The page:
Each year in the United States, approximately 5 to 7.5 million students in the nation’s K-12 schools miss a month or more of school. That means 150 to 225 million instructional days are lost every school year. The problem is more pronounced in low-income urban communities throughout the country. In elementary school, for example, students who live in poverty were found to be as much as five times more likely to be chronically absent than their advantaged peers.
During the 20th century, there was nothing that could help you achieve labor market success more than a good education. Even today, education is one of the strongest predictors of whether someone is employed and how much he or she is paid.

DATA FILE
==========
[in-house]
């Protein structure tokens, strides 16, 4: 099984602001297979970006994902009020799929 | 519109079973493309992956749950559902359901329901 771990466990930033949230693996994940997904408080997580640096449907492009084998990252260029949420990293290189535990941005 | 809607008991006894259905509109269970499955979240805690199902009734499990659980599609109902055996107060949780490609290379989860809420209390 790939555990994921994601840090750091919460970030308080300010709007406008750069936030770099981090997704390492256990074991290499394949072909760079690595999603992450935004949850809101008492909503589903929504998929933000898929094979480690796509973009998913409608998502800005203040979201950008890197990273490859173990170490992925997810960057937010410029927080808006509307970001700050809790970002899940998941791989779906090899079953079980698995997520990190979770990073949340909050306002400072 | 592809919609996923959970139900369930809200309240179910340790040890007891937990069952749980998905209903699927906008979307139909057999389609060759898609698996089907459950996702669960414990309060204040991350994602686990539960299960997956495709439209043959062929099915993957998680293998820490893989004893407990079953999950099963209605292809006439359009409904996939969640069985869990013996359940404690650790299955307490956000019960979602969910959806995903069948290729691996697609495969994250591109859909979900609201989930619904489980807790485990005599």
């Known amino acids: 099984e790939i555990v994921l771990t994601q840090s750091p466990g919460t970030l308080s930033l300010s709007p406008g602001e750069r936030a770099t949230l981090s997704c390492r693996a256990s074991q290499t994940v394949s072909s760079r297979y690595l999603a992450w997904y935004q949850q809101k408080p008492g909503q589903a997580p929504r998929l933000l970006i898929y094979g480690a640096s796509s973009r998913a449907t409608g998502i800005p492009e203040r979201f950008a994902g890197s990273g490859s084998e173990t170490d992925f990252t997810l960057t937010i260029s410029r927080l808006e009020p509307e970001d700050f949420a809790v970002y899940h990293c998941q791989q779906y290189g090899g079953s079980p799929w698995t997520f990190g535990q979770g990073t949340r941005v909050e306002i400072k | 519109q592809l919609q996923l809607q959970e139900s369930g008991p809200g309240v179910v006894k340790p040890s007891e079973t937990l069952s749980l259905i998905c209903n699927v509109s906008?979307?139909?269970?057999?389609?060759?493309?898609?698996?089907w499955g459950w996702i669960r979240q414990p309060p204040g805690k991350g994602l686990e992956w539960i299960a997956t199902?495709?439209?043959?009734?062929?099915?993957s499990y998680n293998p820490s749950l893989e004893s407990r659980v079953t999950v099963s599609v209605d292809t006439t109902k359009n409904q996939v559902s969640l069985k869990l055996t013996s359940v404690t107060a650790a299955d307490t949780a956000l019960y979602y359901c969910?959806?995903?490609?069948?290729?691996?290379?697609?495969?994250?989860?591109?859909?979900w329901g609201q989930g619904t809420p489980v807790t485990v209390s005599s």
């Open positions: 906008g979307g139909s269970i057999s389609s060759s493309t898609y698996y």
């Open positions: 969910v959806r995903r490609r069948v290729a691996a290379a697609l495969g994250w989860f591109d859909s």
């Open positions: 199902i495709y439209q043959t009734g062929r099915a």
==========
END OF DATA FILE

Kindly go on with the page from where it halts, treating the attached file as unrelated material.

Yet, the rules have changed.
Trump’s proposed cuts to career and technical education offer an illustrative example of the economic consequences of reducing social spending.
Ask any group of high school teachers, and they will report that the most frequently asked question in their classrooms is, “When are we ever gonna use this?” In a traditional college prep program, the honest answer is usually, “Maybe when you get to the university.” But in the real world? Depending on the class, students may not find their learning as useful.